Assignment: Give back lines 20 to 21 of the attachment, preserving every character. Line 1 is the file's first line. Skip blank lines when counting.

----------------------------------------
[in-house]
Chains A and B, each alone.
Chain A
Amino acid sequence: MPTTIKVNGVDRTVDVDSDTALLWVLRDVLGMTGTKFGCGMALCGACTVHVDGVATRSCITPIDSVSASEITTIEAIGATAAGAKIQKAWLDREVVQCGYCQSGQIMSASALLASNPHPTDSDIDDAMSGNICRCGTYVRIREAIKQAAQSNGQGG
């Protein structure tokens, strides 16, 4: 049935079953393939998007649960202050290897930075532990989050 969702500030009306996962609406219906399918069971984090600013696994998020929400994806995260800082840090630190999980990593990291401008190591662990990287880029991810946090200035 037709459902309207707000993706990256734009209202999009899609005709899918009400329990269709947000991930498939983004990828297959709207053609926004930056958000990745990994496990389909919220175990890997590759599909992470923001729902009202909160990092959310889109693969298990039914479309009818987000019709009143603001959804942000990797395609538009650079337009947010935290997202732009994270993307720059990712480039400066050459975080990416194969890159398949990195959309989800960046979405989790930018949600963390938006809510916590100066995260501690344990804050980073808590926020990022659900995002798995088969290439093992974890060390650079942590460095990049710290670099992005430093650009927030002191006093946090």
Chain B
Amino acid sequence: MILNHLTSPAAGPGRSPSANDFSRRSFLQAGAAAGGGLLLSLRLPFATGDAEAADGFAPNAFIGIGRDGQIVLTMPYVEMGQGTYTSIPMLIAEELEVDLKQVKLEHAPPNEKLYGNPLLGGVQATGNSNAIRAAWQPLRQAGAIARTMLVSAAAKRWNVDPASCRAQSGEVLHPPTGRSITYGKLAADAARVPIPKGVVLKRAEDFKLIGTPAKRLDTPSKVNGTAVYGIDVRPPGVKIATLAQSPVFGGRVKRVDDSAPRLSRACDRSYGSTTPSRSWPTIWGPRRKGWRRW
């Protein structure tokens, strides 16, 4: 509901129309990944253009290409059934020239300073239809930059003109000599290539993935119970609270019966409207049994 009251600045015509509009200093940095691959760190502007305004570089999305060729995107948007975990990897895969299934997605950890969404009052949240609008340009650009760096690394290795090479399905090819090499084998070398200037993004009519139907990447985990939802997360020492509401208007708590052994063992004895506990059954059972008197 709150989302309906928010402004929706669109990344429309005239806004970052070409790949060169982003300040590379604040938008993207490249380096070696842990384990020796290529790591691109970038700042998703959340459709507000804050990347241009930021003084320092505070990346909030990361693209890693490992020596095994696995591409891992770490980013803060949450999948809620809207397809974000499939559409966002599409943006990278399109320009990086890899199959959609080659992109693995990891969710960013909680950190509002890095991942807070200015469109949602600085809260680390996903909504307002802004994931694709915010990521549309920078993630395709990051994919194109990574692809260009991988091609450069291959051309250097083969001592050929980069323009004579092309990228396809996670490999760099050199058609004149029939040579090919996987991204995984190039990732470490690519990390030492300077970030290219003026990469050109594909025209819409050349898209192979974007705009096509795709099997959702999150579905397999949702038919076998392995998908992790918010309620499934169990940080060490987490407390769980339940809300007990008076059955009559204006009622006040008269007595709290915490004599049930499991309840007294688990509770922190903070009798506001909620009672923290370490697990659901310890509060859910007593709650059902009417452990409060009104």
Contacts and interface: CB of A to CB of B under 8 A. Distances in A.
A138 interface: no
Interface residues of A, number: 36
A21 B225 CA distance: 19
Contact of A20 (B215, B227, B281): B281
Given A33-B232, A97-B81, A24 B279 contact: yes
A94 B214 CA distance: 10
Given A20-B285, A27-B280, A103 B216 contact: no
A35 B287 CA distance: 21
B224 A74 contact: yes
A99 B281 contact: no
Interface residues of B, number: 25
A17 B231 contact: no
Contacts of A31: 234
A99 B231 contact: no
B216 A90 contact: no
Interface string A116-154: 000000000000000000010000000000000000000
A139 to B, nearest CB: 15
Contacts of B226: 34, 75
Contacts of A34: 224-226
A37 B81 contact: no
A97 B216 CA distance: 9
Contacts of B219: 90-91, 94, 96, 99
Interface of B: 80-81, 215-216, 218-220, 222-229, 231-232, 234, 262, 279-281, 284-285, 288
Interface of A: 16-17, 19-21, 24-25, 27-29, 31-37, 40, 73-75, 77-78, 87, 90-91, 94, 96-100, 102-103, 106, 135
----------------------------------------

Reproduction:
Interface residues of B, number: 25
A17 B231 contact: no